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N727bn investment trapped as Chad oil search stalls

NNPC’s team deserts site  over insecurity

Over N727 billion invested in Chad Basin’s oil search is trapped, as the exploration is stalled, New Telegraph has learnt.

The team of explorationists and geologist from Nigeria National Petroleum Corporation (NNPC), investigation by our correspondent showed, have deserted the site since the 2017 abduction of their colleagues from the University of Maiduguri. Management of the Corporation, further checks showed, has effected a management change at the Chad Basin, with a mandate to get staff back on site. The history of attacks at site has created panic among NNPC staff.

One of them told this newspaper that no staff will return to site until the security agencies, particularly the Nigerian Army, gives a green light on security. NNPC had invested approximately $1.3 billion up to the end of 1998, while over $700 million had been invested afterward, according to this newspaper’s investigation.

Before an order was given by President Muhammadu Buhari, the prospects of oil in the North were still mere potential and remained in the realm of possibilities despite the huge investments made. Aside the $1.3 billion invested before 1998, additional investments of about N27 billion and $340 million had also been made for seismic data acquisition and equipment for advanced search respectively.

Troops had early last year lost eight soldiers and killed scores of Boko Haram insurgents in an operation, which led to the rescue of 10 top officials, including senior geologists on contracts with NNPC on the oil search mission in the Northeast.

This incident, which sent jitters down the spine of geologists and other supporting staff on the exploration mission has, again, constituted a major setback to the North’s oil search, on which over N600 billion had been invested.

An embargo had earlier been placed on the oil search in the North on which over N727 billion ($2.4 billion) had so far been invested. NNPC, which on May 15, 2018, promised to return to site “in six weeks,” issued the temporary embargo after it failed to secure safety clearance from the military authority. This was contained in a report entitled: “North’s N600 billion oil search suffers setback,” published on June 5, 2018.

This newspaper had earlier revealed that the promise made by the Group Managing Director of the Corporation, Dr. Maikanti Baru, on May 15 to return to site in “six weeks” could not come to fruition due to inability to move the equipment in the third week, due to failure to secure clearance from the military just two weeks to the time promised. Group General Manager, Group Public Affairs Division of NNPC, Ndu Ughamadu, who validated the investigation by this newspaper, told our correspondent then that exploration could not commence as promised.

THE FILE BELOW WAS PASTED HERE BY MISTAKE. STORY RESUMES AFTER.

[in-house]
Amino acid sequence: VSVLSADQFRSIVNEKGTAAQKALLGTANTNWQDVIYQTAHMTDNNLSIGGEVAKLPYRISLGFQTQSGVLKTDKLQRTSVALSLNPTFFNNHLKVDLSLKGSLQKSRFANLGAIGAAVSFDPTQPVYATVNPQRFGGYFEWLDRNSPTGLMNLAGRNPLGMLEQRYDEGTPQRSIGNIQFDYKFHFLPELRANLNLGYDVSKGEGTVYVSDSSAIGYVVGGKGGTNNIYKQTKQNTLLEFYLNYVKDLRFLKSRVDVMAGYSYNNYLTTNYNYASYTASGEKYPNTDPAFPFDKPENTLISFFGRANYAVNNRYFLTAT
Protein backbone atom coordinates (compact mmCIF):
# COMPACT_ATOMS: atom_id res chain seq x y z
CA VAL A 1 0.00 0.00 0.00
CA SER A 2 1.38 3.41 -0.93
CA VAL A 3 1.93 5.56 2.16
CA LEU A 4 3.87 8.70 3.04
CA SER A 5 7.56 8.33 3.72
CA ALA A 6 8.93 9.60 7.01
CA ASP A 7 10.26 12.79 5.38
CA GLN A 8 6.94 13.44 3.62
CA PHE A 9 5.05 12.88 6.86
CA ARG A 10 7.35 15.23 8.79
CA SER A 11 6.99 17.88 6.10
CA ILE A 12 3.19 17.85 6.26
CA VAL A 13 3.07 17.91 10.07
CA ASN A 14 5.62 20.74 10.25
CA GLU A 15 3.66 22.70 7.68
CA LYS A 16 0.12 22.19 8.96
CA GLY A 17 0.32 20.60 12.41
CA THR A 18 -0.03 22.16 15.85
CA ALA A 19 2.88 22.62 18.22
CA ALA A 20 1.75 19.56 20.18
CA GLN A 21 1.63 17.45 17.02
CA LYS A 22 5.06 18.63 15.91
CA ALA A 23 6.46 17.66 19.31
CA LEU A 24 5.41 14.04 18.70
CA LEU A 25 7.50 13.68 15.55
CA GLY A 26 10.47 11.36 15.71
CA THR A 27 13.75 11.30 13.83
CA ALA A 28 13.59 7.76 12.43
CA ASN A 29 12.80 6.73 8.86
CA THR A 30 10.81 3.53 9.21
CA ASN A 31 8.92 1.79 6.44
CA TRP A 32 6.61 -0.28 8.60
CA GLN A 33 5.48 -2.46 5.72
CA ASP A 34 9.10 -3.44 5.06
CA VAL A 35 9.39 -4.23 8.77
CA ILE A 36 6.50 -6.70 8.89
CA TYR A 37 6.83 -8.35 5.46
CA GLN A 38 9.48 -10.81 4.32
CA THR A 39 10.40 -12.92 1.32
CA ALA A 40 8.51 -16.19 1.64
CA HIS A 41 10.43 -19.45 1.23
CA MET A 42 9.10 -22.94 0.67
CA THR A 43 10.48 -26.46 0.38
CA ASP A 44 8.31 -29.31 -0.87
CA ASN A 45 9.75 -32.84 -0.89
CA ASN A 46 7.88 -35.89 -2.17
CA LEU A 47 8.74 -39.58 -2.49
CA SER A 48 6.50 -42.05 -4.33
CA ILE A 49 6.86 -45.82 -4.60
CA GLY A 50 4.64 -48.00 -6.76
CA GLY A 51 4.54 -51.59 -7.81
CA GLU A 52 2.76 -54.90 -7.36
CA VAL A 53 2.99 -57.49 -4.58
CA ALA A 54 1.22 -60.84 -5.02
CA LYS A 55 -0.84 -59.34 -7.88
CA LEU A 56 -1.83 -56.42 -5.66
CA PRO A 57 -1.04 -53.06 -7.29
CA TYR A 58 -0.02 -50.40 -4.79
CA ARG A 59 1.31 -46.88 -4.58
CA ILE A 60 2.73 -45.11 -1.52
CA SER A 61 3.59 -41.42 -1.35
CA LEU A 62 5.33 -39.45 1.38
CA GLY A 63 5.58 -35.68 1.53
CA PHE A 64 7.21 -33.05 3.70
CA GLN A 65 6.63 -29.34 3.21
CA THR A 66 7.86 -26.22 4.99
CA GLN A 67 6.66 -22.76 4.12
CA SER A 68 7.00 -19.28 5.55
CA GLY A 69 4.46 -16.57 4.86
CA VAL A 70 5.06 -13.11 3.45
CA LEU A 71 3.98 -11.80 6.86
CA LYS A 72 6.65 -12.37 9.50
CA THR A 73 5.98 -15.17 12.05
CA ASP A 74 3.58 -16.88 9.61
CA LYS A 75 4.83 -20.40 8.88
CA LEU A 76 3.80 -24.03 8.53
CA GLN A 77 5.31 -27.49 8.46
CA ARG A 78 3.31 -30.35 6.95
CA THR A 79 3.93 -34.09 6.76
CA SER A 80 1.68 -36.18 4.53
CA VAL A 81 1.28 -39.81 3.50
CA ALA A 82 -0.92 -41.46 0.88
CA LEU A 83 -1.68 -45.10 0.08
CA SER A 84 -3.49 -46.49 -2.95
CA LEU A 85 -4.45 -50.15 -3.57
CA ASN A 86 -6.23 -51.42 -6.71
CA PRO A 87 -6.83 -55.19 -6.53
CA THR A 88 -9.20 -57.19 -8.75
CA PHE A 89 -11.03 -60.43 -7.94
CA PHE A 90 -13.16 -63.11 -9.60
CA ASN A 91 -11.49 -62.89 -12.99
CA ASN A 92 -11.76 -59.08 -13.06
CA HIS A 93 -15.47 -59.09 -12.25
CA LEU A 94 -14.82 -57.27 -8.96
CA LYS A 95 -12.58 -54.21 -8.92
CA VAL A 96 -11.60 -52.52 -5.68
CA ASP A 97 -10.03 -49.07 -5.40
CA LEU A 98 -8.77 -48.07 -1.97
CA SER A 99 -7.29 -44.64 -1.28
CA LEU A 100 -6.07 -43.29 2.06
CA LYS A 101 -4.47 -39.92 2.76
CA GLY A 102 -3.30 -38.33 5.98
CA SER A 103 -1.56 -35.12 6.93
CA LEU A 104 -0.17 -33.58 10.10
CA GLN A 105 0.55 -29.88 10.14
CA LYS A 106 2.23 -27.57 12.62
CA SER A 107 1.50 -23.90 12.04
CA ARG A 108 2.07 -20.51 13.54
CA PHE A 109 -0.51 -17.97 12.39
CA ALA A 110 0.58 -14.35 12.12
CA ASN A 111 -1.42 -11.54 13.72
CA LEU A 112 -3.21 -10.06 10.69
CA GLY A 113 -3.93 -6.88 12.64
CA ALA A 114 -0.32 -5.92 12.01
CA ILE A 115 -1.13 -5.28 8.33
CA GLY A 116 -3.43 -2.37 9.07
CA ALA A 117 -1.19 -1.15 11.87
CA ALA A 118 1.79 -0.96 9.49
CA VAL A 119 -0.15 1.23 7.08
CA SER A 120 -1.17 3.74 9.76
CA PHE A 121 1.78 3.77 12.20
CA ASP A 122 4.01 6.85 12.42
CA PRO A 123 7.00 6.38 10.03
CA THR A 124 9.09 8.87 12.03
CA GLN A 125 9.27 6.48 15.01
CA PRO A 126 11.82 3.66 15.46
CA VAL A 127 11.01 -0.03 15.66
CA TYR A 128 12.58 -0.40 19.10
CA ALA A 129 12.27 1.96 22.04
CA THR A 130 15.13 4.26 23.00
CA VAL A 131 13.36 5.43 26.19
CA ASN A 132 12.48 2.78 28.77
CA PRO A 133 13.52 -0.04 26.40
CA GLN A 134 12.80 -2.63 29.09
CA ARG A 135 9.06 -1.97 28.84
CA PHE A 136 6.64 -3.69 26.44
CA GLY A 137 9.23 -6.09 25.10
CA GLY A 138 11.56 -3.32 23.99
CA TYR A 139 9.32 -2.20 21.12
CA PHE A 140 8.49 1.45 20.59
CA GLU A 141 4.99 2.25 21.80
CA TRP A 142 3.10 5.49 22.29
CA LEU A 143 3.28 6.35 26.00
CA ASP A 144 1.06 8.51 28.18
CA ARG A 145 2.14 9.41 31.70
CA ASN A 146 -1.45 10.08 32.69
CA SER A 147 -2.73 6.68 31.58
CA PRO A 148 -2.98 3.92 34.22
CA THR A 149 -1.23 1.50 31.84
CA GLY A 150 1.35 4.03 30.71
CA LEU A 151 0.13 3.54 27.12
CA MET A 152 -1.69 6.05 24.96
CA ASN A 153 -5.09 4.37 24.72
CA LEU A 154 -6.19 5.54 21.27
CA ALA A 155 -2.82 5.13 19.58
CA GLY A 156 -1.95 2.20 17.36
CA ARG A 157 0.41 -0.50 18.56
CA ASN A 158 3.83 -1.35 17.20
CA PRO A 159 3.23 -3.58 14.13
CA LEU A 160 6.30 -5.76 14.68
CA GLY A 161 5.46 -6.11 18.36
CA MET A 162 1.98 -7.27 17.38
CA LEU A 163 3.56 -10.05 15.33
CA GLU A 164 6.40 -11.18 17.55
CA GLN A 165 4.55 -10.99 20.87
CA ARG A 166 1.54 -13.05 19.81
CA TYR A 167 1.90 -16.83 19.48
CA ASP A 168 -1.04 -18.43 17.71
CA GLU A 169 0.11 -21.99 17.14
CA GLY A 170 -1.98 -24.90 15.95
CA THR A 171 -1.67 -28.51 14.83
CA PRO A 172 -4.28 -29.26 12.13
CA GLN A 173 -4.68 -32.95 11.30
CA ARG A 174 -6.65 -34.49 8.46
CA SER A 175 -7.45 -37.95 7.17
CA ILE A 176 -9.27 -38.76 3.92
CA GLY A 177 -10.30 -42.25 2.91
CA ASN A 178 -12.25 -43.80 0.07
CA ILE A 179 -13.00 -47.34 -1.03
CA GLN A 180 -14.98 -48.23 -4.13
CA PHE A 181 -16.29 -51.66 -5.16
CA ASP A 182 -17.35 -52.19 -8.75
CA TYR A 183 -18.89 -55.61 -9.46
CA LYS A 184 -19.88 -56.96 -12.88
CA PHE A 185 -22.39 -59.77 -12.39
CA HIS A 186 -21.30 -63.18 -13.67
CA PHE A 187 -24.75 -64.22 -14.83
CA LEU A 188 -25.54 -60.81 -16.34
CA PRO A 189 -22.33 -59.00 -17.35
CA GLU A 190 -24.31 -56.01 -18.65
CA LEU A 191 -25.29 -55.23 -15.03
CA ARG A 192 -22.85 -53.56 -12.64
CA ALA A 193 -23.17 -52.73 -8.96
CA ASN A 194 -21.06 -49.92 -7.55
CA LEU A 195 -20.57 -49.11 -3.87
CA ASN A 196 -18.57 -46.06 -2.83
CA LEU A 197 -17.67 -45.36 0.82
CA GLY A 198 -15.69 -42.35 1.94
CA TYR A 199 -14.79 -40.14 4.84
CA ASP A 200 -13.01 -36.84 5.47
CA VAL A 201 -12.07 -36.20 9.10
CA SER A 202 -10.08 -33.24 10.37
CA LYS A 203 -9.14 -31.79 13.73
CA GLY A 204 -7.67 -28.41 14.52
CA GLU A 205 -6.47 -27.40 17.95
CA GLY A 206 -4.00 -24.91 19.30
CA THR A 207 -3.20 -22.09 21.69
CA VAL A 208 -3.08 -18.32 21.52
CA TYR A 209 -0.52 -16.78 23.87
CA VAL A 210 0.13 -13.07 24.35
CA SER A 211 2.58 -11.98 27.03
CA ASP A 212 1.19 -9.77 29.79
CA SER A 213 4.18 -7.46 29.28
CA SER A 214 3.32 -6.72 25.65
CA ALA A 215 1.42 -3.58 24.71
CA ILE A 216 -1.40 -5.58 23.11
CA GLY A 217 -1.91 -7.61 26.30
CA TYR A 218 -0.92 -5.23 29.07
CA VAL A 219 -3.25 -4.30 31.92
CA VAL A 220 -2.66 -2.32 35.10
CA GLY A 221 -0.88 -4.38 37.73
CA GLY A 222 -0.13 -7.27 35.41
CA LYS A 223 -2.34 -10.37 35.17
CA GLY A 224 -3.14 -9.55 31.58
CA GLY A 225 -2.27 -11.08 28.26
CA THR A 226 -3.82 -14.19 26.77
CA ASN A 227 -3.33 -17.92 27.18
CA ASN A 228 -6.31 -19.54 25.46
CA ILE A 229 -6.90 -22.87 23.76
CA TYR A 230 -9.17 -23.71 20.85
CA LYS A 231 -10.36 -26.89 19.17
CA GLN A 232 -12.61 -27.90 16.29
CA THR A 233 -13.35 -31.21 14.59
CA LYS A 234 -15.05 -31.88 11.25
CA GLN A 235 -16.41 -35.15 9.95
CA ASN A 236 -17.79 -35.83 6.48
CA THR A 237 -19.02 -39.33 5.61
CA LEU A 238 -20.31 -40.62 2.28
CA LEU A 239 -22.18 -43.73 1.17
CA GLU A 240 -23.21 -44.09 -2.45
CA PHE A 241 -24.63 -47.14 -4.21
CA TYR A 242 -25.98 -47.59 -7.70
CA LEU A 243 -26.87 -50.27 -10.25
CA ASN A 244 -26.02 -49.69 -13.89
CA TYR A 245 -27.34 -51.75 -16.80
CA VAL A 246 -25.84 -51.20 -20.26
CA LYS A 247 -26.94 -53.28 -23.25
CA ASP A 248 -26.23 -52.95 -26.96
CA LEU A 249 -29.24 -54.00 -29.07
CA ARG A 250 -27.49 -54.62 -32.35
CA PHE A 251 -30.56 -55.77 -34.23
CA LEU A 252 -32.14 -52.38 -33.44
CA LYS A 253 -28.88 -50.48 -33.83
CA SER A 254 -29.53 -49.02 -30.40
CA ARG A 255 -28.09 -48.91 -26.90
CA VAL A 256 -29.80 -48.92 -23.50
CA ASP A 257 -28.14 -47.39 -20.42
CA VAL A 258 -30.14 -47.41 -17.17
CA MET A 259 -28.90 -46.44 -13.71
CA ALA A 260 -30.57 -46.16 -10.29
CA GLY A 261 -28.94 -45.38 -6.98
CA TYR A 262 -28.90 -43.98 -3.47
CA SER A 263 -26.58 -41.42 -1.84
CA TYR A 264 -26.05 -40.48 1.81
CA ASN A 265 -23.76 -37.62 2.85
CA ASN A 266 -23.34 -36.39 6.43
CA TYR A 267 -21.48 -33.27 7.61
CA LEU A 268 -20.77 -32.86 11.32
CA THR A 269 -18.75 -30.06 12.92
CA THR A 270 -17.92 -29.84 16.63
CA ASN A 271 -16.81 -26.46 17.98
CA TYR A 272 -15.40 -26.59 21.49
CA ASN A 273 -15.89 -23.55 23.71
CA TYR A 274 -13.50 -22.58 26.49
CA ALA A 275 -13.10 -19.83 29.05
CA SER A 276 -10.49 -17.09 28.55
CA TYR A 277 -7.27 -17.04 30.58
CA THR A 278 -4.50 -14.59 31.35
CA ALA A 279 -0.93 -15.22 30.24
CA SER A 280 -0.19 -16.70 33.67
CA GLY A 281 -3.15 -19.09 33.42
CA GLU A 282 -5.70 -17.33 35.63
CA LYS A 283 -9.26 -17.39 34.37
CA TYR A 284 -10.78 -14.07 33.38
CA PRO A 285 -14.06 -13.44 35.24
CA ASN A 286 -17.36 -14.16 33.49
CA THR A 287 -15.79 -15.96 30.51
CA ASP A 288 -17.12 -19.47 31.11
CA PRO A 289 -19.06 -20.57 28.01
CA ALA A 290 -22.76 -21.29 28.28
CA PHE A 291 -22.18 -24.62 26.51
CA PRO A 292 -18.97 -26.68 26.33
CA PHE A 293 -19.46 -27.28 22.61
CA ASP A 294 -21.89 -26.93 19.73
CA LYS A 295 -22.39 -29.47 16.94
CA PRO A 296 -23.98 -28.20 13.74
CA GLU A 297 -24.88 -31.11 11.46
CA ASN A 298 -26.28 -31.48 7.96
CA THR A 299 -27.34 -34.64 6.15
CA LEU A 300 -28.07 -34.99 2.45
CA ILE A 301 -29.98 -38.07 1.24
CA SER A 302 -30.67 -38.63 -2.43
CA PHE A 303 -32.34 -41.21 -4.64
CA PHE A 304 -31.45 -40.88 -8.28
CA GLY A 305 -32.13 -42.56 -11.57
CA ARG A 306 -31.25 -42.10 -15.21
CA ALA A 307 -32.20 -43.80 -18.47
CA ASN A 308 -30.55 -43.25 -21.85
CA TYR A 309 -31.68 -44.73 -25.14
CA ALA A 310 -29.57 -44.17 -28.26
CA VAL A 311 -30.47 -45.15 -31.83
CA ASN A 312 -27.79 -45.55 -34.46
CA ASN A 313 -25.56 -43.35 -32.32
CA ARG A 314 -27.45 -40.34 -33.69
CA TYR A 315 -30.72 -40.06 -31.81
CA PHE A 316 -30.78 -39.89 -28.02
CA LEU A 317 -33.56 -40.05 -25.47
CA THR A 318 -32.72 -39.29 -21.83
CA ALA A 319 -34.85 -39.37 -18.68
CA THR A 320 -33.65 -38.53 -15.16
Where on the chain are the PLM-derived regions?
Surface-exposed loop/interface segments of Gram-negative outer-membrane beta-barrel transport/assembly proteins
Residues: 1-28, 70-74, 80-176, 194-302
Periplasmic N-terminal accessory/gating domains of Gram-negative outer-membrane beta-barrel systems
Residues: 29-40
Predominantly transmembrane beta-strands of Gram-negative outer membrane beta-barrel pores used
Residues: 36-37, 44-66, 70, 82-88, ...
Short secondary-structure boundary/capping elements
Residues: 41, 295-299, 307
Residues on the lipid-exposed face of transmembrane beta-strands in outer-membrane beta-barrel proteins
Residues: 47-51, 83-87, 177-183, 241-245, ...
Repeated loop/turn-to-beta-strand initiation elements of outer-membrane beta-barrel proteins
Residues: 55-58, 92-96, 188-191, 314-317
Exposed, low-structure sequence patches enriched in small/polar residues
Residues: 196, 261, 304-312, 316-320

“We still await the clearance,” he said, adding that although “there are indications that it would be issued pretty soon.” Checks by this newspaper, however, showed that the military could not give the Corporation a go ahead based on security risks of mobilizing personnel and equipment to site. Hinting that mobilization of  personnel and equipment had been officially deferred, Ughamadu expressed confidence that the clearance would be given soon.

“This is because the security situation on site has been curtailed, but you know that in global oil exploration and production, clearance from not only security agencies, but also from regulatory agencies such as DPR, is required. We are in collaboration with the military on this and you shall be notified as soon as we get the clearance to return to site,” he told this newspaper by phone.

Baru had, in June last year, announced plan to resume exploration on the Lake Chad, earlier suspended during the heat of Boko Haram insurgency.

Speaking when he paid a courtesy visit to the Governor of Borno State, Kashim Shettima, and the Shehu of Borno, Alhaji Abubakar el- Kanemi, in Maiduguri, the NNPC’s helmsman promised the Corporation’s determination to return to site “in six weeks.”

He stated that this decision would majorly be made after a “green light” from the military authorities. But a consultant explorationist for the oil search told this newspaper that the skilled and unskilled staff slated for mobilization flouted the ‘return to site’ order when the six-week promise lapsed, based on inability of the Corporation to produce a safety clearance.

The military authority, he said, withheld the green light for safety on Lake Chad site then simply because it was not yet safe to take highly skilled and unskilled staff to that region.